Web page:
Your venue’s wedding planner will act as a confidant, problem-solver and steadying force throughout your planning journey so it’s important to form a connection with them during your initial meeting. “You’ll feel an instant love for a venue and subsequently should have a good relationship with the venue’s planner,” says Gabrielle. “When they first start organising a wedding, many couples can feel a bit clueless, so Cameron House offer added extras like access to a planning tool called that gives you a to-do list, table plan, budget planner and tools to create your own wedding website. Couples can also send me questions, photos and further information about their wedding via the portal.”


“Visit the venue for a second time and take along close friends and family for a fresh opinion,” Martin suggests. “Don’t forget to make a note of smaller details and ask any outstanding questions to ensure you get the most from the visit.”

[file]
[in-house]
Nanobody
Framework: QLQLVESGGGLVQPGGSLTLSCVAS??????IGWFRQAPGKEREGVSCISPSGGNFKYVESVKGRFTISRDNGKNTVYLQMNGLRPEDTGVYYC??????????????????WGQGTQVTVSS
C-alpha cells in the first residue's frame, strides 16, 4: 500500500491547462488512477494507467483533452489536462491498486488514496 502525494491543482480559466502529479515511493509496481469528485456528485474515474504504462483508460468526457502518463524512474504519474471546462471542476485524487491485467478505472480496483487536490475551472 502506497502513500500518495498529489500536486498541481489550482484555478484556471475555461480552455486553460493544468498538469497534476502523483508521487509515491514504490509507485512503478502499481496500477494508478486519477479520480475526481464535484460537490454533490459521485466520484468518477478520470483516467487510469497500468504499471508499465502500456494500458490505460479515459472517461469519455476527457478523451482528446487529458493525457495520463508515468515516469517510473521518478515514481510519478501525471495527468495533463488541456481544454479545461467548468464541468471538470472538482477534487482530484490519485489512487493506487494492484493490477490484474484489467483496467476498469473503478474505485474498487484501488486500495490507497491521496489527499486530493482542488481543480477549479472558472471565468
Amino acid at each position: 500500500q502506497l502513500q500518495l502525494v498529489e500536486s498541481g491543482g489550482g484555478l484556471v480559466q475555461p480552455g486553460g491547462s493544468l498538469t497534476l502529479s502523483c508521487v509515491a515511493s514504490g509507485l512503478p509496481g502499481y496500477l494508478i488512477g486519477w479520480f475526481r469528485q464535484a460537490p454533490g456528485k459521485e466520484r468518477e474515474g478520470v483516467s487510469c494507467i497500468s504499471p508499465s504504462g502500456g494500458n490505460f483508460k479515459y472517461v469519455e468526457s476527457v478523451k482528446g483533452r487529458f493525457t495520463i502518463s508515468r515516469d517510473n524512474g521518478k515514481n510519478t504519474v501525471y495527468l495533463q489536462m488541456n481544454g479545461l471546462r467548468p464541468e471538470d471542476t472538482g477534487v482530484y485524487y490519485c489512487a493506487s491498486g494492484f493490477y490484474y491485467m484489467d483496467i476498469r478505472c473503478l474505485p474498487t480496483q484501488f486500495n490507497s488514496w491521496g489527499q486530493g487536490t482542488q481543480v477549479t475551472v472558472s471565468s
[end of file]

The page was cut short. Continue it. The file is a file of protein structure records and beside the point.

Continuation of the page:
For creative couples planning a DIY wedding, Lindsey advises asking for clear confirmation of the venue’s décor rules: “People are certainly more creative now and village halls have become popular wedding venues because they offer fantastic value for money and allow you freedom to decorate. More formal venues will typically have more restrictions, which might stifle your vision.”


The time has finally come to make a decision. If you’re still torn between a couple of contenders, grab a pen and piece of paper: “The best way to make a final venue selection is via an old-fashioned pros and cons list,” advises Gabrielle. “Factors to consider might be location, number of bedrooms, food and drink and the overall look of the place. Look at what’s included in the price and what you’re really getting for your money. Make sure there are no hidden extras and that costs are completely transparent.”